The average national cost of woodstove and fireplace repair is $561, with most homeowners spending between $446 and $676. This data is based on actual project costs as reported by HomeAdvisor members.
Many people are choosing to heat their homes with wood, due to the increase in cost of natural gas and oil. In fact, more than one-third of Americans use fireplaces, wood stoves and other fuel-fired sources of heat in their homes. Fireplaces are aesthetically pleasing, and they provide an economical way to heat your home during the winter. They will also last a lifetime if cared for properly, but they will need to be repaired from time to time. If you are noticing water in your fireplace, smoke not filtering through the chimney correctly, or any other oddity with your fireplace, do not continue to use it as it could be a hazard. Depending on the type of repair needed, your costs can vary greatly.
Creosote is a wood preservative used to cure beech wood and other common burning woods. Burning a log releases a creosote resin with the smoke which collects in your chimney. Wet or unseasoned wood or a log that is not burning properly can contribute to this buildup. Have your chimney flue professionally cleaned to remove creosote. Smoke carries waste particles from a fire and eventually causes deposits to form on the walls, and inside and behind any cracks. This oily substance, creosote, can re-ignite from sparks rising in the chimney. Therefore, it's important to keep these walls free of creosote build-up and to promptly repair any cracks. If you have wood that is burning slowly or not burning at all, you may need to clean out the creosote in the chimney flue. TIP: Keep your chimney cleaner by saving your citrus fruit peelings and putting them into the fire when you have a fire burning. This will help break down the build up in the chimney and keep the creosote from forming.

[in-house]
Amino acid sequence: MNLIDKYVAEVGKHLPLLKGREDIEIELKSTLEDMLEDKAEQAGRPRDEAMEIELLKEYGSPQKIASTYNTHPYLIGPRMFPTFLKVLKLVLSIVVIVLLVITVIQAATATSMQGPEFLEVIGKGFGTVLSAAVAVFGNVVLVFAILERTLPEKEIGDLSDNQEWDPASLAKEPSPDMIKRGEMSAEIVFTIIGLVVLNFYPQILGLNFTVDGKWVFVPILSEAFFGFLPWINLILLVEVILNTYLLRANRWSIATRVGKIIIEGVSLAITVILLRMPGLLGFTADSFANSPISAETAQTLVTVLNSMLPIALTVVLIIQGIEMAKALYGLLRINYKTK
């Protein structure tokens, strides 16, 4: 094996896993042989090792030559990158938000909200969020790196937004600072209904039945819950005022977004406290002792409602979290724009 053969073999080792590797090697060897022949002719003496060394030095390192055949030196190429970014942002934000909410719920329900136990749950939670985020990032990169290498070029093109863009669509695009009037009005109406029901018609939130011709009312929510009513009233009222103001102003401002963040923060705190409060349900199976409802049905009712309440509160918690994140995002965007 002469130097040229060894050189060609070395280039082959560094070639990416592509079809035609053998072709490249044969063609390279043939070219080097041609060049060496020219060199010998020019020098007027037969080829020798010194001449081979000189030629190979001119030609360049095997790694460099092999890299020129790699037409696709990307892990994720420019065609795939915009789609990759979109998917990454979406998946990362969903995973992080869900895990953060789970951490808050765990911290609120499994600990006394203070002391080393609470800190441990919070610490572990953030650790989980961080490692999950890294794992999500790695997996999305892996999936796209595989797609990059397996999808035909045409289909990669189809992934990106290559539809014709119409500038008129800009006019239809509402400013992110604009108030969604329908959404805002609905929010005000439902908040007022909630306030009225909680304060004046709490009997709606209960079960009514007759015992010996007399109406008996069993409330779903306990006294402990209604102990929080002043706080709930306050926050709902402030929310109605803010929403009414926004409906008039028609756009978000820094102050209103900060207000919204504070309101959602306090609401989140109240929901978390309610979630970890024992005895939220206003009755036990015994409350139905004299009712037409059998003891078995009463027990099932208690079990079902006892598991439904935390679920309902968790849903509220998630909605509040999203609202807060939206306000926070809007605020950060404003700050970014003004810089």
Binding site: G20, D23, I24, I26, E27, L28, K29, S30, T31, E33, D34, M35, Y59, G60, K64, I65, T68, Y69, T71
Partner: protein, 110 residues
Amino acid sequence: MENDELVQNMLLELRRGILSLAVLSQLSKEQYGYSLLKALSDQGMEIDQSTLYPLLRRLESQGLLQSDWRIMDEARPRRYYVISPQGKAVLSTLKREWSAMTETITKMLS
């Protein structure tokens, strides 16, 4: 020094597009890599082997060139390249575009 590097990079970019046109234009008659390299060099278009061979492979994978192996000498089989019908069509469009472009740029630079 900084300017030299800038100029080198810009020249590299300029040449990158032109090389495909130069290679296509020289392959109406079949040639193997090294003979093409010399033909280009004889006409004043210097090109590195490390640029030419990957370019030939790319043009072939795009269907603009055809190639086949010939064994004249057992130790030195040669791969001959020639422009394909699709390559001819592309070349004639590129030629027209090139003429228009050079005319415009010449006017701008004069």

Chimney cracks and water leaks
Cracked or deteriorated brick and mortar are considered a fire hazard. Most commonly you will find cracks in the four corner regions and in the center of the back wall. Remember that fire is much like water and will follow the path of least resistance, and if there are any openings (even small cracks) the fire will flow through them.
Water entering the flue mixes with creosote and is acidic, often causing premature rusting of the damper and also contributes to deterioration of the brick and mortar. Water may also enter through any cracks in the chimney crown, the chimney shell itself, or through faulty flashing where the chimney meets the roof. These leaks also cause water damage to ceiling and flooring materials adjacent to the interior fireplace.
Chimney crown repair
The chimney crown tops off the upper end of a chimney and acts to protect your mortar and masonry and prevent water from entering your chimney and any sparks from flying out of your chimney and possibly catching your roof or any other combustible in close proximity on fire. It also prevents critters from entering your chimney and calling it home.
Heat loss in wood stove
One of the main causes of heat loss from a wood-burning stove is a loose loading door, so check it regularly for holes. Check the seal around the door for cracking or missing chunks - if you see irregularities, you will have to have the door replaced. Check that the door closes properly by inserting a piece of paper where the door closes while the stove is cool. Close the door onto the sheet of paper and let go. The paper should not fall out and should not come loose when pulled. If it does the door of the stove needs to be repaired.
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